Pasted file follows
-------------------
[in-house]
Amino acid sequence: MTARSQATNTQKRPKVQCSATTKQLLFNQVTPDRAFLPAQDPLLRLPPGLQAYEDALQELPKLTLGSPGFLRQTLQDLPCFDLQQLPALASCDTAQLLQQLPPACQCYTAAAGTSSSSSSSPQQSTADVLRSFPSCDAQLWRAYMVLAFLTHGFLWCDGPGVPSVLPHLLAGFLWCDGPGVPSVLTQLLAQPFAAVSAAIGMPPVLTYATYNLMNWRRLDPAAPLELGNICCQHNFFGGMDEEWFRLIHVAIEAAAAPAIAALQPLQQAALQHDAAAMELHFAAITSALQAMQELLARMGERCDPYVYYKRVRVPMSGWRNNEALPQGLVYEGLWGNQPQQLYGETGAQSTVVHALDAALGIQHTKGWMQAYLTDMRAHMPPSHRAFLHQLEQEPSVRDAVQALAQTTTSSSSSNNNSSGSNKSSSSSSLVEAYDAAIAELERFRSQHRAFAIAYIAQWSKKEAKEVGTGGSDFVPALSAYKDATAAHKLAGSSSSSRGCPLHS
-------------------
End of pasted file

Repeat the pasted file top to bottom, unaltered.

[in-house]
Amino acid sequence: MTARSQATNTQKRPKVQCSATTKQLLFNQVTPDRAFLPAQDPLLRLPPGLQAYEDALQELPKLTLGSPGFLRQTLQDLPCFDLQQLPALASCDTAQLLQQLPPACQCYTAAAGTSSSSSSSPQQSTADVLRSFPSCDAQLWRAYMVLAFLTHGFLWCDGPGVPSVLPHLLAGFLWCDGPGVPSVLTQLLAQPFAAVSAAIGMPPVLTYATYNLMNWRRLDPAAPLELGNICCQHNFFGGMDEEWFRLIHVAIEAAAAPAIAALQPLQQAALQHDAAAMELHFAAITSALQAMQELLARMGERCDPYVYYKRVRVPMSGWRNNEALPQGLVYEGLWGNQPQQLYGETGAQSTVVHALDAALGIQHTKGWMQAYLTDMRAHMPPSHRAFLHQLEQEPSVRDAVQALAQTTTSSSSSNNNSSGSNKSSSSSSLVEAYDAAIAELERFRSQHRAFAIAYIAQWSKKEAKEVGTGGSDFVPALSAYKDATAAHKLAGSSSSSRGCPLHS